Galaxy, AEG To Upgrade StubHub Center NBA Opens New Instant Replay Center IOC Moves Ahead With Bid Reform Breeders' Cup Signes Longines As Sponsor Braves Name Hart To Top Baseball Role One Direction Announces '15 Stadium Tour MLB Wants Domestic Violence Policy In Place By '15 WS Game 2 Overnight Projects Win For Fox McGladrey Extends PGA Tour Deal Classified Advertisements
SBD/3/Law PoliticsPrint All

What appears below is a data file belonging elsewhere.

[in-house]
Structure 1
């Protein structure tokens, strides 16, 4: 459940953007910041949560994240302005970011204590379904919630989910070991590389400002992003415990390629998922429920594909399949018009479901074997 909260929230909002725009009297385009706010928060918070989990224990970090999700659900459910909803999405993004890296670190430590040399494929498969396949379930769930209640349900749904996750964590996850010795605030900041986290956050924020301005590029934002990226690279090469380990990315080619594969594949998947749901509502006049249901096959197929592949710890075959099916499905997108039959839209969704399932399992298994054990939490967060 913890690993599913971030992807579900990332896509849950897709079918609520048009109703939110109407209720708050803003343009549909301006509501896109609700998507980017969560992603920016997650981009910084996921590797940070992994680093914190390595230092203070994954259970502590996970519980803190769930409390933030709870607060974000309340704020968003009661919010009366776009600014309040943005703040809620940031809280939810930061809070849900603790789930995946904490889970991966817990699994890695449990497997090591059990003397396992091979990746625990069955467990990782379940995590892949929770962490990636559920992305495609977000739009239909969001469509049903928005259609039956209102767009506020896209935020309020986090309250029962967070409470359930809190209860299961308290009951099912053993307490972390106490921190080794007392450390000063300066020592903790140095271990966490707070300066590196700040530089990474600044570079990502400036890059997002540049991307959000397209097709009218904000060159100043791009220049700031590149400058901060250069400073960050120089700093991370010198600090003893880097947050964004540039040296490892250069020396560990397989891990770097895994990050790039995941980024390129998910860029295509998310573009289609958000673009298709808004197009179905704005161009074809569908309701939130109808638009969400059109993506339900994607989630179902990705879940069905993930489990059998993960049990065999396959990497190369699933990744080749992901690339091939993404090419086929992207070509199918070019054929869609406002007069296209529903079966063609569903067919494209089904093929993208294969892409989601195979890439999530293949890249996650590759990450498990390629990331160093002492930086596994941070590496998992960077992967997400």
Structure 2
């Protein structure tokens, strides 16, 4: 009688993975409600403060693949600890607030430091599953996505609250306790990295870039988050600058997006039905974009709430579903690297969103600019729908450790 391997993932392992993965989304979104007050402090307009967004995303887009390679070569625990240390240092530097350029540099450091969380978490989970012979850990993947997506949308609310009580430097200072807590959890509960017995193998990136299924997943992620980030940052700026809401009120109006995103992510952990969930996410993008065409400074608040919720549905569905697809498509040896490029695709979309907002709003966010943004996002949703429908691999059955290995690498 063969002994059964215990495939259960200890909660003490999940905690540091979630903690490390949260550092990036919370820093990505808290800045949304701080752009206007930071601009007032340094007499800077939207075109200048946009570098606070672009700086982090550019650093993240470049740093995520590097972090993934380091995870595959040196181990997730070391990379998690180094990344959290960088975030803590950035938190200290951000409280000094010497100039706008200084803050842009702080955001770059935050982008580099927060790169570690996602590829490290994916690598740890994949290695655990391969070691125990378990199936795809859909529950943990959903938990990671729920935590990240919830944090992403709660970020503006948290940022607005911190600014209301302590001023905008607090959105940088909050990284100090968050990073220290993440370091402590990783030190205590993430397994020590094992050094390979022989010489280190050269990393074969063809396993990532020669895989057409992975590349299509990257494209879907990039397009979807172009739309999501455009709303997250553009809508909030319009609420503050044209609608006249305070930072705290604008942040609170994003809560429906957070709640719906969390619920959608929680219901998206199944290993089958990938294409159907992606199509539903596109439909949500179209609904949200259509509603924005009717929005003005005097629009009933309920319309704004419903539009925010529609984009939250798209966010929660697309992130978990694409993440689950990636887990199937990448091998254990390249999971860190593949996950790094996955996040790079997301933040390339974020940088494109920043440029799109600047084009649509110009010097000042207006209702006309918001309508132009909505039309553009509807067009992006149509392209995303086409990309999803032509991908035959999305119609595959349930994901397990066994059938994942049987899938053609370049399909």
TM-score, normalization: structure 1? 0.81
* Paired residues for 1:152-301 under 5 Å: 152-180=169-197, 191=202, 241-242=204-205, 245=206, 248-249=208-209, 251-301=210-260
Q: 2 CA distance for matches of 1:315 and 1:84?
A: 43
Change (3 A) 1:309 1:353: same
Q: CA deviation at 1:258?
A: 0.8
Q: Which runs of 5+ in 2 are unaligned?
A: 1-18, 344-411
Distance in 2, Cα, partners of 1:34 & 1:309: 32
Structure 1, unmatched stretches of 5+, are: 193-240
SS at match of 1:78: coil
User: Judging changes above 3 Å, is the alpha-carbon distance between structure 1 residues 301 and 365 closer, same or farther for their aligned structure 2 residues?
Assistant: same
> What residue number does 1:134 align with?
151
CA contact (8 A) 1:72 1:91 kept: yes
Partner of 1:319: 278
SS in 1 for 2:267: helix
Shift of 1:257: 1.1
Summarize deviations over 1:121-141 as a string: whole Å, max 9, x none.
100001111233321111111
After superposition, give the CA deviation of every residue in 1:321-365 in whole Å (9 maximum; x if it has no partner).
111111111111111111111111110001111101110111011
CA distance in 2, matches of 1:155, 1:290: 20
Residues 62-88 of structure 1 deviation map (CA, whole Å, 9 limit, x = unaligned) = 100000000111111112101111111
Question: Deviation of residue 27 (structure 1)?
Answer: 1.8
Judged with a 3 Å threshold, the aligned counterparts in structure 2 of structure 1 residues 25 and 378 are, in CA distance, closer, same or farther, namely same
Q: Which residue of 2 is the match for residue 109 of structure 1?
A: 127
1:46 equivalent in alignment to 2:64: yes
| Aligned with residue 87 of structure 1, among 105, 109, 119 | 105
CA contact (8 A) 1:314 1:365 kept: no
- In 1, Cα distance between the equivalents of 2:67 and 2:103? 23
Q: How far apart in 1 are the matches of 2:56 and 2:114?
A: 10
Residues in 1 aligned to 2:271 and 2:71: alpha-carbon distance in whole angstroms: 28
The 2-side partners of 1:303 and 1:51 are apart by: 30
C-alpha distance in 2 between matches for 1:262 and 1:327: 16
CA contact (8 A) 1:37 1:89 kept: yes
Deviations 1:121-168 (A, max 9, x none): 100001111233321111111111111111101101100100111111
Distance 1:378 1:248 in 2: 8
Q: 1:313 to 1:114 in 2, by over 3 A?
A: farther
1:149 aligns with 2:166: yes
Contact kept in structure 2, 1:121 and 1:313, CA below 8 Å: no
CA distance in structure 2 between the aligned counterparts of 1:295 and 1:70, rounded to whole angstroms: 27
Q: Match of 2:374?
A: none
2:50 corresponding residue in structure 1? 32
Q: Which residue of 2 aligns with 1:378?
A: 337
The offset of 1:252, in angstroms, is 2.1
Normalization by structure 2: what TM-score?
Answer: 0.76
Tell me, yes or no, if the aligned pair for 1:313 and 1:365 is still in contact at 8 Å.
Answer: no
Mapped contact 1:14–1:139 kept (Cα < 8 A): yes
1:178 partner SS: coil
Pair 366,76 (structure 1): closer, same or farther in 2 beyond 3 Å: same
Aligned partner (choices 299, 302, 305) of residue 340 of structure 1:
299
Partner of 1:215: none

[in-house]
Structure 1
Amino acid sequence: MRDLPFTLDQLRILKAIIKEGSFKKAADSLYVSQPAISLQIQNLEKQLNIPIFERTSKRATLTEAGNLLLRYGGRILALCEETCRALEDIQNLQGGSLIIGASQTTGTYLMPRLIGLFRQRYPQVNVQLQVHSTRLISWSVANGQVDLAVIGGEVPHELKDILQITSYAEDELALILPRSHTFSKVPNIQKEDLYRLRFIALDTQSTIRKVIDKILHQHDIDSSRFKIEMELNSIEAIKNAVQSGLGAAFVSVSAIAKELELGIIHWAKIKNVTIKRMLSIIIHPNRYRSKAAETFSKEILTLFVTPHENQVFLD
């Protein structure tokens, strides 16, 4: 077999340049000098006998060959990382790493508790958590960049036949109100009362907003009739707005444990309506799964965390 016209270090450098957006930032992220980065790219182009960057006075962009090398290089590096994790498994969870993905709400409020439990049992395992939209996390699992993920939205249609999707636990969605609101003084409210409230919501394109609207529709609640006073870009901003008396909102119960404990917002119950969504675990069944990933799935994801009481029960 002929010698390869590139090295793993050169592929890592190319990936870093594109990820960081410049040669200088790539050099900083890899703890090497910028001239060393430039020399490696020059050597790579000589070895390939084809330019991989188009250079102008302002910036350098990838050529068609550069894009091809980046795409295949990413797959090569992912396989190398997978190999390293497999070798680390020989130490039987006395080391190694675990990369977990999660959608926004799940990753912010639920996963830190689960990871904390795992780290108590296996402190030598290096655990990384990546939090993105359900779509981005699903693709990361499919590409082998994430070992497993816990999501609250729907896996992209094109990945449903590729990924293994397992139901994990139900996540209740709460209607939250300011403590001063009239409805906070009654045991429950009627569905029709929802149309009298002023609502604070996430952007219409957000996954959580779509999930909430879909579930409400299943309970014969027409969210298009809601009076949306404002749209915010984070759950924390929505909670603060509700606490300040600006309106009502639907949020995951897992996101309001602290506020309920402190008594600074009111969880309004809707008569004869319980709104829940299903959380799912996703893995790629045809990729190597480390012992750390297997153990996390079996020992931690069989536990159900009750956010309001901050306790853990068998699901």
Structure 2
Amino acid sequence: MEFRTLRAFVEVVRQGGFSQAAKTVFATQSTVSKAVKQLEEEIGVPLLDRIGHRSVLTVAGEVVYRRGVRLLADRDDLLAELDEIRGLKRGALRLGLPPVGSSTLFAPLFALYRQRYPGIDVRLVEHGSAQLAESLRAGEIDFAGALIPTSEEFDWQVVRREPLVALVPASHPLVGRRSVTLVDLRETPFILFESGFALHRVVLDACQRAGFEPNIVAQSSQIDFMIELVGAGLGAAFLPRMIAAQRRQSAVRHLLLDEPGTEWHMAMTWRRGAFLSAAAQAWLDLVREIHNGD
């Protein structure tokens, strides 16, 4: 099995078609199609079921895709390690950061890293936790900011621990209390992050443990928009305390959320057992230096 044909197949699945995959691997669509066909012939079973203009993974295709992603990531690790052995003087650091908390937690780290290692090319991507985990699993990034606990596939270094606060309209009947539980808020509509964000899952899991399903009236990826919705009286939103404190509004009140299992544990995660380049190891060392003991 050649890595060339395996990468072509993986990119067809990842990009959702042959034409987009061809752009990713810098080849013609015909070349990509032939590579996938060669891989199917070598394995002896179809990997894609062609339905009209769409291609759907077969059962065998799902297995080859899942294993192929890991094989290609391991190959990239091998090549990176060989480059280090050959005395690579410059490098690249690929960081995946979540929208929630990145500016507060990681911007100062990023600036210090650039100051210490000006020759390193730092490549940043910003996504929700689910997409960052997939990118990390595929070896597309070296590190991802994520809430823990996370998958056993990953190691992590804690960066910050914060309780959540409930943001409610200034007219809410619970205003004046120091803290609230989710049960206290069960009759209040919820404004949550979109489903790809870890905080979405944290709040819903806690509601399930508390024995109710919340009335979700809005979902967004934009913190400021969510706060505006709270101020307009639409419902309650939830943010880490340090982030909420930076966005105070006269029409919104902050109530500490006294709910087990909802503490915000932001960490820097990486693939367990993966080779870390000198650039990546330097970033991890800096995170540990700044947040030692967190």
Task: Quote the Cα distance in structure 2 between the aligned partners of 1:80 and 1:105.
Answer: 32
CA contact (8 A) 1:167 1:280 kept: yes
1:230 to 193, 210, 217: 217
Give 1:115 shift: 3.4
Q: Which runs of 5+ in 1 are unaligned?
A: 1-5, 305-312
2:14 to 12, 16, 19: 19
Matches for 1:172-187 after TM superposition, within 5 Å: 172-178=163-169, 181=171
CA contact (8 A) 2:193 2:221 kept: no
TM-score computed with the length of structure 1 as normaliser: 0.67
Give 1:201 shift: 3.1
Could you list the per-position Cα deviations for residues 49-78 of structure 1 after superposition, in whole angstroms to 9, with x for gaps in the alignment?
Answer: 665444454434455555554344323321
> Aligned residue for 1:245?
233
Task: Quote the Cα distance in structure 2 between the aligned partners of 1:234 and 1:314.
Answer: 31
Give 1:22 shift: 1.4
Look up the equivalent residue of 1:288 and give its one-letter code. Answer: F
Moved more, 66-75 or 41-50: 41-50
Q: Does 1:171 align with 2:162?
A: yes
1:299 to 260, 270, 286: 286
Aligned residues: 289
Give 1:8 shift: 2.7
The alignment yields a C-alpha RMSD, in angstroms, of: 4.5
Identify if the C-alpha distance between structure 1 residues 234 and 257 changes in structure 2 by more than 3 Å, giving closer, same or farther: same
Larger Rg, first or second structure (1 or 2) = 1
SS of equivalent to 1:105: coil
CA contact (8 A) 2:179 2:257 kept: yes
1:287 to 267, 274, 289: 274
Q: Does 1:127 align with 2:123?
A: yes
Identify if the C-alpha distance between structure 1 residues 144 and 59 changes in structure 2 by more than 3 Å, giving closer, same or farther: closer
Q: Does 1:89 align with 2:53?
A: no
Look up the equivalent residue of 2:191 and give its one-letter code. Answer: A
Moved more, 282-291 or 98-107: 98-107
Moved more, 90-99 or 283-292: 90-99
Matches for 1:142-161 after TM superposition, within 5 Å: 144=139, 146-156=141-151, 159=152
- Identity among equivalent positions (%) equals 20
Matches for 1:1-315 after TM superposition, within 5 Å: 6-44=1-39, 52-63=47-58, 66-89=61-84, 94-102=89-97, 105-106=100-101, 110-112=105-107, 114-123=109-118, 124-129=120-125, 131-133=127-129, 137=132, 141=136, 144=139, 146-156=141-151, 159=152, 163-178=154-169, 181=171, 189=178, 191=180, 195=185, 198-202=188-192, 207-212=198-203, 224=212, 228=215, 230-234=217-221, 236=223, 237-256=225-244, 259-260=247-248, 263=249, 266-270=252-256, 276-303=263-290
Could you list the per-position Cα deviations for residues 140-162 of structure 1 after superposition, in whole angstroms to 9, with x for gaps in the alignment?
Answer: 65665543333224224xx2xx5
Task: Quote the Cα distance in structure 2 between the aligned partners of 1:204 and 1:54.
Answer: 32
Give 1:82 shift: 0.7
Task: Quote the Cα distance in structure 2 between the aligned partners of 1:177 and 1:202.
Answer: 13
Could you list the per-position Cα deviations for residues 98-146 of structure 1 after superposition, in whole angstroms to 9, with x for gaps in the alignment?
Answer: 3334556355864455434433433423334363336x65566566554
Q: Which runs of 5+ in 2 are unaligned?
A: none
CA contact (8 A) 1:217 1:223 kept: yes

Any hope for Congress to intervene in the baseball strike "wilted on the Senate floor" when Howard Metzenbaum (D-OH) withdrew his legislation that would have temporarily lifted the exemption. Metzenbaum's "surrender" came during a "spirited debate" as he attempted to attach his amendment to an appropriations bill. But with bipartisan opposition forming and the likelihood of a "second amendment that would cripple his rider," the retiring Metzenbaum passed "the baton" to his colleagues, Orrin Hatch in particular (Larry Whiteside, BOSTON GLOBE, 10/1). Acting MLB Commissioner Bud Selig said the clubs were "grateful for the overwhelming support," but claimed the "No" votes in the Senate would have been about 2/3 (THE DAILY). MLBPA Exec Dir Don Fehr said the union would lobby Congress again on the matter when it reconvenes in January (Claire Smith, N.Y. TIMES, 10/1). WHAT'S NEXT? Peter Gammons writes the MLBPA will file a complaint with the NLRB to try to block a possible owners' impasse declaration, but with the "November 1 Total Chaos date on the horizon, no one moves." Two problems the owners may not have considered if they plan to use replacement players: 1) The Blue Jays cannot open the season without an agreement because it is against Ontario law to use replacement labor; 2) It may be impossible to get work visas for foreign players to work as replacements, as some owners hoped to do with Hispanic players (BOSTON GLOBE, 10/2). BASEBALL NOTES: The owners informed ABC and NBC they will decide in a month whether they intend to renew The Baseball Network for '96. The original deal allows for any of the partners to opt out if the combined revenues for '94-'95 didn't reach $330M, which is virtually impossible because of the strike (Mark Maske, WASHINGTON POST, 10/1).